WILKES-BARRE — Stephen Spencer took the stand in his own defense in his homicide case Thursday, telling jurors he feared for his life when he fatally shot Christopher Williams outside a Pittston bar.
The 31-year-old is accused of killing Williams, 32, Pittston, outside Saints & Sinners Irish Pub early July 9, 2017. The shooting followed an altercation that started with Williams’ cousin, Marty Williams, refusing to shake Spencer’s hand because Spencer is a black man.
In fact, Spencer was the only black person at the bar that night, according to previous trial testimony that described a racially charged atmosphere.
After prosecutors rested their case Wednesday, the defense opened Thursday morning with two brief character witnesses. They both asserted Spencer has always been a peaceful, law-abiding individual.
Most of the day, though, was taken up by Spencer’s testimony.
Originally from New Jersey, Spencer said he came to the area to find better work to support his family, and eventually got a delivery contract with Bimbo Bakeries. He said he was able to make more than $100,000 in one year with his delivery business.
The Pittston man said he’s had a license to carry a concealed weapon for the past seven years with the intention of protecting himself on his delivery route. He said he had his handgun tucked into his waistband while he was at the bar that night with friend Henry Gift.
‘We gonna get you’
Spencer said he introduced himself to Marty while he was speaking to their mutual friend Gift. But Marty simply walked away from his outstretched hand. Spencer recalls thinking, “Wow, this guy, he’s weird.”
Earlier in the week, witnesses Alaena Swingle and Mike Owens described Spencer leering behind them at the bar. But Spencer said he was simply on that side of the bar to see if he could reserve the pool table for himself and Gift.
Spencer said this is when someone yelled, “N——-, what are you doing on this side of the bar.” Spencer attributed this line to Owens. He said everyone else in the group began yelling at him too — something no other witness had suggested.
Later, he described leaving the bar, with Gift in tow. When he got outside, he said he saw a group of about four or five people walking toward him “in an aggressive manner.” One of them allegedly said, “We gonna get you, n——-.”
Behind him, he said he heard the sound of punches making contact — presumably the attack that left Gift with a black eye.
Fearing for his life, Spencer said he shouted “Stop,” pulled out his gun, and fired a single shot toward the leader of the group who he said was coming at him in a pyramid formation. That was the shot that killed Chris Williams.
Spencer stayed at the scene, handing the gun to an officer when he arrived.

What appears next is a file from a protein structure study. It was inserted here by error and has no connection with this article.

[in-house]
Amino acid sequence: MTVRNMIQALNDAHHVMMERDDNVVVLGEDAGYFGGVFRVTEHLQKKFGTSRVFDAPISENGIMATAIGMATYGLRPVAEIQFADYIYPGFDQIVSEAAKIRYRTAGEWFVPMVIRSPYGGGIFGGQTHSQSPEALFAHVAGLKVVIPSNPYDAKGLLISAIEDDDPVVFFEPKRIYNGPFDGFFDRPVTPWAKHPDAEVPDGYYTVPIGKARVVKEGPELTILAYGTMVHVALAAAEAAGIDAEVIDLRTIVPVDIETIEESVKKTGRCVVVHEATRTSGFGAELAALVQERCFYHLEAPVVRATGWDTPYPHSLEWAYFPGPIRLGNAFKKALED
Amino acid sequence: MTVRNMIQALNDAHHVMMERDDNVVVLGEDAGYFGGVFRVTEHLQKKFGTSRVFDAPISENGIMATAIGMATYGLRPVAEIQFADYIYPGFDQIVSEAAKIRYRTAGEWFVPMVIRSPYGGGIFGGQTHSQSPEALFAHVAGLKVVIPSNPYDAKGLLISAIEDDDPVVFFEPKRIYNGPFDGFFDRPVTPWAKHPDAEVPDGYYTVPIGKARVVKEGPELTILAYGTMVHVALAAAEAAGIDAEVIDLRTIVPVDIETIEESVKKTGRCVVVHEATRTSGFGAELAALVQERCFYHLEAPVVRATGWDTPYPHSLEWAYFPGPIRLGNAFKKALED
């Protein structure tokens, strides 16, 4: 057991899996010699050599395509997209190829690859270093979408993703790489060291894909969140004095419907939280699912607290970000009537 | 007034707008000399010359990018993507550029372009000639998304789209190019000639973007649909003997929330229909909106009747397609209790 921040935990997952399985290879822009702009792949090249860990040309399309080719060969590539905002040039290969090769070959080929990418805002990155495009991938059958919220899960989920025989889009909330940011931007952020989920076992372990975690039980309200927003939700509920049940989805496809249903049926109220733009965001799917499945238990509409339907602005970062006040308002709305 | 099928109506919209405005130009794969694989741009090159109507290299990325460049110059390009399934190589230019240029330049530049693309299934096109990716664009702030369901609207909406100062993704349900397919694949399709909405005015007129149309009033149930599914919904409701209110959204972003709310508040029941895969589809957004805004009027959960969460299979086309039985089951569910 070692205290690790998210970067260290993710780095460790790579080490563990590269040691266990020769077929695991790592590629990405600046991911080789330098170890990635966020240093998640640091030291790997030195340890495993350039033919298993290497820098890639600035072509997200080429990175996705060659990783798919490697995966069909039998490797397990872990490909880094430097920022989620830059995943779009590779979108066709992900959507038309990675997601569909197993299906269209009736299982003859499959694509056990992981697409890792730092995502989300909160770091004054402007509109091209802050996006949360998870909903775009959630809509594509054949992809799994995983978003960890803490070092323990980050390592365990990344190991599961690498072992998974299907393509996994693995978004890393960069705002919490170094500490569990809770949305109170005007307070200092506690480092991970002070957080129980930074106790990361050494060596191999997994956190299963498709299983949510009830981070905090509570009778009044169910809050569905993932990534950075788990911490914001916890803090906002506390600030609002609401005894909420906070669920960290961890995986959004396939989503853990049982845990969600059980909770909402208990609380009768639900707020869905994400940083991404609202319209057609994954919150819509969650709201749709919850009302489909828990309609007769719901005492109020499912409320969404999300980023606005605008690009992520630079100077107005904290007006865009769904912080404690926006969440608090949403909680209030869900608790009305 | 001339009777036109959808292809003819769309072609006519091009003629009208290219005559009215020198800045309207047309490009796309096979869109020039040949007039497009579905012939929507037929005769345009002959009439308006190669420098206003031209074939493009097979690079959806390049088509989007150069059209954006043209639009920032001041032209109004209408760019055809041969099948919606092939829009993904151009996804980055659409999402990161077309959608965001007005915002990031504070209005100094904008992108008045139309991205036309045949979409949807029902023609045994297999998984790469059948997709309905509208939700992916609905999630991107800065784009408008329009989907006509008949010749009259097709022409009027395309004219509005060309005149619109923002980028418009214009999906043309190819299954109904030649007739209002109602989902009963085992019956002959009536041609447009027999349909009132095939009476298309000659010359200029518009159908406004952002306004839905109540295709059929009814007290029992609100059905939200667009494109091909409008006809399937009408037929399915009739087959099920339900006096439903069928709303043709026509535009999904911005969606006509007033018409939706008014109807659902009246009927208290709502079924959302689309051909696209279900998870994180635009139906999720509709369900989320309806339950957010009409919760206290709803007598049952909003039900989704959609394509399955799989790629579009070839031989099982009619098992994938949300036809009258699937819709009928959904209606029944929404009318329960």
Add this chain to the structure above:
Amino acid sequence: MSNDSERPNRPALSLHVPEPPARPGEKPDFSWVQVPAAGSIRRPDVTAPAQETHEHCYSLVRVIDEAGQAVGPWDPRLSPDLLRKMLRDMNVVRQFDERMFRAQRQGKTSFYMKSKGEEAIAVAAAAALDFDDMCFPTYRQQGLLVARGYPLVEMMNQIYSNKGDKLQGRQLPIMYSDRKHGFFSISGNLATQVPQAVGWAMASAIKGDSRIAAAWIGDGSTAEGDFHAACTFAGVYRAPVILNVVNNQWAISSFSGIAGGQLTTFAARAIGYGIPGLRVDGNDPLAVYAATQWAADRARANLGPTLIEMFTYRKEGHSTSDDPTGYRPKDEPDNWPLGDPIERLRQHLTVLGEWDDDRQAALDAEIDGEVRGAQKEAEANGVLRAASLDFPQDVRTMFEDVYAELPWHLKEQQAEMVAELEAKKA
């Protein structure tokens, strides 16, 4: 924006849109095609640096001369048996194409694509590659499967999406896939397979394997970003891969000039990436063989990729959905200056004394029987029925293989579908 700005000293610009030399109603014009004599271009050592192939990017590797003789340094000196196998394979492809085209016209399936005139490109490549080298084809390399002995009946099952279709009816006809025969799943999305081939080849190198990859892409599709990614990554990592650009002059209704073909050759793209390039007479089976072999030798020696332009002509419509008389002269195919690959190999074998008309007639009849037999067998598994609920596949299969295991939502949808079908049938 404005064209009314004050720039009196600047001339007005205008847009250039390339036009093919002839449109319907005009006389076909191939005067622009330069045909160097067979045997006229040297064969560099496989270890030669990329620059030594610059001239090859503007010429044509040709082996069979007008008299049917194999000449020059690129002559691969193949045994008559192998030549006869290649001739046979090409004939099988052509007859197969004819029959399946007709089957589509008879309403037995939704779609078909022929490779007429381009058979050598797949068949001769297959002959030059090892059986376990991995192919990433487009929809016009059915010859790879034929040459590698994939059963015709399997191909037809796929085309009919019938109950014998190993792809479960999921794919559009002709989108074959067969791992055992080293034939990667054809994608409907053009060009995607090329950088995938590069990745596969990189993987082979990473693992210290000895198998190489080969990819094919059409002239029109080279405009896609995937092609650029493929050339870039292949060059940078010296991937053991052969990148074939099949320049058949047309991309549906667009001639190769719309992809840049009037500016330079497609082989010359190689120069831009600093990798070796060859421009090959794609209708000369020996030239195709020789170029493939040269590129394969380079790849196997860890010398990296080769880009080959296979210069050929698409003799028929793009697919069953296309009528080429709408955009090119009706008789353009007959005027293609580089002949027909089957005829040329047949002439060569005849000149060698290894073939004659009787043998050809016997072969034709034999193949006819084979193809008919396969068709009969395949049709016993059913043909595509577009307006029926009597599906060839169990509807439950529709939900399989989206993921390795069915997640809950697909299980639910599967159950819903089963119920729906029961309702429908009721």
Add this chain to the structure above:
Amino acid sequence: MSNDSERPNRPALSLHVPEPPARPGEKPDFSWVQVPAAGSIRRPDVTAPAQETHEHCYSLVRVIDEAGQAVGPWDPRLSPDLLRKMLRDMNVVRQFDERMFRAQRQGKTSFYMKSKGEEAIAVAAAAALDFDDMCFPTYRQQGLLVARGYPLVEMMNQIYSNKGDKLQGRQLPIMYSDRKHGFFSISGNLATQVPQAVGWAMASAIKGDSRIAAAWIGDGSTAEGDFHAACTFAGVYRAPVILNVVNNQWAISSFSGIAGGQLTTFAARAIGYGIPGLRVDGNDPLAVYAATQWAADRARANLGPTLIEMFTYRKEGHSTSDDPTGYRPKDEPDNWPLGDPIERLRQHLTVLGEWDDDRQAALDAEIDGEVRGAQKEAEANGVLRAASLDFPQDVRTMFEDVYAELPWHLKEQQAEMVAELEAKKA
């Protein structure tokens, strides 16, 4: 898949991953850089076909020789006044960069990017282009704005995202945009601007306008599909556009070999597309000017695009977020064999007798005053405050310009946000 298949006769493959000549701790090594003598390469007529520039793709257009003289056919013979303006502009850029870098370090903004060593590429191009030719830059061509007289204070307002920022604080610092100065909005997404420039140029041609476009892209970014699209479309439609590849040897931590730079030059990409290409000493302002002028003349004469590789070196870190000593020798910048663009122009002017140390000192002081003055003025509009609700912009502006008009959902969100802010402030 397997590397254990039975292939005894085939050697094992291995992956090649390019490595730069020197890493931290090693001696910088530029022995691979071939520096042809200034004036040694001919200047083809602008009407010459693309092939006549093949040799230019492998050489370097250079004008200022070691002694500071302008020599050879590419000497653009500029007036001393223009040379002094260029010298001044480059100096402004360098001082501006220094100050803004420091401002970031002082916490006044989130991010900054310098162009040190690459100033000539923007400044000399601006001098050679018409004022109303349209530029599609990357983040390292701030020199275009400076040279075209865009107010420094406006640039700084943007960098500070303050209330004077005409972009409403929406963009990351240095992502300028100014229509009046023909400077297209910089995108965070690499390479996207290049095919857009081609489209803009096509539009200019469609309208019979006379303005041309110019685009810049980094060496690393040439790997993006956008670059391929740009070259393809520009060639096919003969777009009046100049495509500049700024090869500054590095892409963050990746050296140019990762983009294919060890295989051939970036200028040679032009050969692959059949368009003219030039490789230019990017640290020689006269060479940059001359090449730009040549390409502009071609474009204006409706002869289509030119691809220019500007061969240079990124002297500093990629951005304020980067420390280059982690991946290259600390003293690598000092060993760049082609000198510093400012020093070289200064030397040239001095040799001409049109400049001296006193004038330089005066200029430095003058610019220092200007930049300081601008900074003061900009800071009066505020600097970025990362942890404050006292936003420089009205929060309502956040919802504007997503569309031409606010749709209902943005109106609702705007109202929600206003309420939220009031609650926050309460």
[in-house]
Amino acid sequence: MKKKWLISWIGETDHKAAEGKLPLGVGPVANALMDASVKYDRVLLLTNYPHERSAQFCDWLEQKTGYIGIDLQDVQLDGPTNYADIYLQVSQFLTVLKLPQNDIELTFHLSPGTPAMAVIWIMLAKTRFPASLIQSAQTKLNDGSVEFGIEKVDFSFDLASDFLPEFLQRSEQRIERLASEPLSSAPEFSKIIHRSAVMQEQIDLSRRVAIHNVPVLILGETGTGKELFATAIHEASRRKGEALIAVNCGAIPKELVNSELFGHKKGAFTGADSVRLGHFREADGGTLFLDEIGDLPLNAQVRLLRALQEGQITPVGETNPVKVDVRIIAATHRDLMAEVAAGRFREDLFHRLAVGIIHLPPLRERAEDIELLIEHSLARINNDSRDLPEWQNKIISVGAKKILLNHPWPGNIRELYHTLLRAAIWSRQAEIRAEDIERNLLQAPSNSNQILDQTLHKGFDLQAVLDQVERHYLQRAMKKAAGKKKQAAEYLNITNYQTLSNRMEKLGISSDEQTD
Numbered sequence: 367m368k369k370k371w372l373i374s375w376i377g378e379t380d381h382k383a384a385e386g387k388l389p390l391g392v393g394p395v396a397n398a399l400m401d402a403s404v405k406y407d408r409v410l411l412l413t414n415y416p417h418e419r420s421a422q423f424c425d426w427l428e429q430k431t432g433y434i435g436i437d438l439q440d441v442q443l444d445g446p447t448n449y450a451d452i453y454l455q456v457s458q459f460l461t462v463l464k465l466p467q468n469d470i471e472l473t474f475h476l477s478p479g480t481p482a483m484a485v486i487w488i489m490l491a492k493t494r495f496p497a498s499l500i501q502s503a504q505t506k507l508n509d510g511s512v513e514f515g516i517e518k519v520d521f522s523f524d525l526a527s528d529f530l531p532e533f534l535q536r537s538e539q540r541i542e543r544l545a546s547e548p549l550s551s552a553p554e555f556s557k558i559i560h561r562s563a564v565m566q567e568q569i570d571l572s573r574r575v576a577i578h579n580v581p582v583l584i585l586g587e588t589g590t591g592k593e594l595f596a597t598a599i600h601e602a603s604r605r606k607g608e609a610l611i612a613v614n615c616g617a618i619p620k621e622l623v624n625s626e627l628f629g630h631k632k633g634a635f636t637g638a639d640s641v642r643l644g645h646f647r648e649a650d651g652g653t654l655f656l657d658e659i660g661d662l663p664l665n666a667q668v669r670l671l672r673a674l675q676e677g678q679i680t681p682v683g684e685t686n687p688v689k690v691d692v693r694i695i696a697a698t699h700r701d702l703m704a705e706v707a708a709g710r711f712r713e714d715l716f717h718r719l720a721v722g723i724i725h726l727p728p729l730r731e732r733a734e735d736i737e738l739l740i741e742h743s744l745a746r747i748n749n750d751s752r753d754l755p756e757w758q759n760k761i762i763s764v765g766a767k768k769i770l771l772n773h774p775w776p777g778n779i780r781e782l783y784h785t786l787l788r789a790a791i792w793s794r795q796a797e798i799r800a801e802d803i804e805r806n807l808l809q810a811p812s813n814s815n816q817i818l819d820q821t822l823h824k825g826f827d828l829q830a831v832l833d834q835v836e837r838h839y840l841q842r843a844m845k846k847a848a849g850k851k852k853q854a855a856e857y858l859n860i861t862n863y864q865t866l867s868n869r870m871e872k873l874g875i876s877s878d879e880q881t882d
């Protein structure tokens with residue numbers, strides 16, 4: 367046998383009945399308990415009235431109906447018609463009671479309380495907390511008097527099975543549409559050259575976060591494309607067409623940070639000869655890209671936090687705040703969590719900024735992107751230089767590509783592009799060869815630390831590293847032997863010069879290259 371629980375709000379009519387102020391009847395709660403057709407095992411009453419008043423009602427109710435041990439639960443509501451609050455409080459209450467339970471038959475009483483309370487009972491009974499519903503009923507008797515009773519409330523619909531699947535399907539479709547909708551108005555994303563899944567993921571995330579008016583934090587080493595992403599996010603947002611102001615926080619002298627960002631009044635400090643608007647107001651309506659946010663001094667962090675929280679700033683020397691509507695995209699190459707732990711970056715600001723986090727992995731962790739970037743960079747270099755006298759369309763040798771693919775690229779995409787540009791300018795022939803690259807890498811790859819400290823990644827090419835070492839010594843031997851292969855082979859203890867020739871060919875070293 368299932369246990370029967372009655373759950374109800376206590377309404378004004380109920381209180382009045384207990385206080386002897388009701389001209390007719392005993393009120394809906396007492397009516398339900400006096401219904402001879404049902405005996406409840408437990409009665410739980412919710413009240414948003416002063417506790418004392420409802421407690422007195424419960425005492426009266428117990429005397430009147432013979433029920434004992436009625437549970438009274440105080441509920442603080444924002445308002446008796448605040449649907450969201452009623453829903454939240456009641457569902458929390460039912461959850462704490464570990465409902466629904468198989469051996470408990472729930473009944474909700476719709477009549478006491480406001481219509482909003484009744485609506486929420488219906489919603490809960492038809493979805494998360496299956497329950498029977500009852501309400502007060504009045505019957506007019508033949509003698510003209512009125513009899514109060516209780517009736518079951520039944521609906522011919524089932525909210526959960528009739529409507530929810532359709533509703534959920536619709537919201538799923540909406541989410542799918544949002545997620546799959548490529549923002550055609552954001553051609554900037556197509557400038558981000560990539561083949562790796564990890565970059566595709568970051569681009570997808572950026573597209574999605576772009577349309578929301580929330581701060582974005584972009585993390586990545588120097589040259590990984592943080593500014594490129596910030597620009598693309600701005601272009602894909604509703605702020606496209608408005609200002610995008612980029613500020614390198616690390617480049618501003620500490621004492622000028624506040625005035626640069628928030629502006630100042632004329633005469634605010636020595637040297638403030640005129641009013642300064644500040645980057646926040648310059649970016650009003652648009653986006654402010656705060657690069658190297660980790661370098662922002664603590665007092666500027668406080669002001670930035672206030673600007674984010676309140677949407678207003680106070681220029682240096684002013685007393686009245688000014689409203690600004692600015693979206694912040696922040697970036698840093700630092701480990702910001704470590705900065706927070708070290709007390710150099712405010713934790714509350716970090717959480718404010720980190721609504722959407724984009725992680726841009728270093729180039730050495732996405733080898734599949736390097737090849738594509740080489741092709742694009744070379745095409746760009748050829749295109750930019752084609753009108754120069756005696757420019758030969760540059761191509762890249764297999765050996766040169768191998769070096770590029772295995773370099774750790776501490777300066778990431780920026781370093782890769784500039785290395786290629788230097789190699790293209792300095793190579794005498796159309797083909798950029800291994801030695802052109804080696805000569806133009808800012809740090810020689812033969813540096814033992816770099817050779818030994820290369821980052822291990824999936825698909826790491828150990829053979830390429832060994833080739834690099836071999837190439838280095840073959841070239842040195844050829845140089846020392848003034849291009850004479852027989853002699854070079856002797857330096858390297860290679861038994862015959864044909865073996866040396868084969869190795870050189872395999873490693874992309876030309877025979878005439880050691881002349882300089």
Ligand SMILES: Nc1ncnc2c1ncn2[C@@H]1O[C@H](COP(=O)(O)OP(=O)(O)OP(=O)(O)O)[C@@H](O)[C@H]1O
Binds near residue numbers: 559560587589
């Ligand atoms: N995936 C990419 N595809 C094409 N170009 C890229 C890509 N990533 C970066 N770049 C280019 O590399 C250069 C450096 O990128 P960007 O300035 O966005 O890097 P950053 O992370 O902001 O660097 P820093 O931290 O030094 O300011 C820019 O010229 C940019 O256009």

“I felt and still feel that I was justified in that shooting,” Spencer said. “I was defending myself and I was defending Henry.”
Assistant District Attorney Thomas Hogans had some issues with Spencer’s story on cross-examination.
Hogans asked Spencer why he simply didn’t get into his car and leave if he felt so threatened. The shooting happened directly next to Spencer’s car.
Spencer said this wasn’t possible and wouldn’t have stopped the threat. He said he was stuck on a narrow sidewalk, with the wall of the bar on his right, the passenger side of his vehicle on his left and Chris Williams coming at him head-on.
He claimed he wouldn’t have had time to get into the car before Williams was on him. Even if he had, he would’ve been on the passenger side. And if he drove away, he wouldn’t be helping Henry, he said.
“I had to shoot at that moment,” said Spencer.
Hogans asked about one key discrepancy in testimony: Swingle claimed Spencer shouted “let him die” after shooting Chris, while Spencer and Gift claimed he was yelling “stay back.”
Spencer said the issue likely comes down to racism, saying Swingle is likely racist as she spends time with people who espouse racist ideas.
“These are racist people that are trying to come at me,” the defendant testified.
Fight over expert
The defense team has hired Emanuel Kapelsohn, a firearms consultant who has been testifying as an expert witness in matters of ballistics and use of force for 34 years.
But prosecutor Hogans and defense attorney John Pike battled for nearly 90 minutes regarding Kapelsohn’s résumé.
Kapelsohn never got to testify about the case itself, with Luzerne County President Judge Richard M. Hughes III instead pushing the rest of his testimony to Friday morning. It’s unclear what, if anything, Kapelsohn will be allowed to testify about.
Reach Patrick Kernan at 570-991-6386 or on Twitter @PatKernan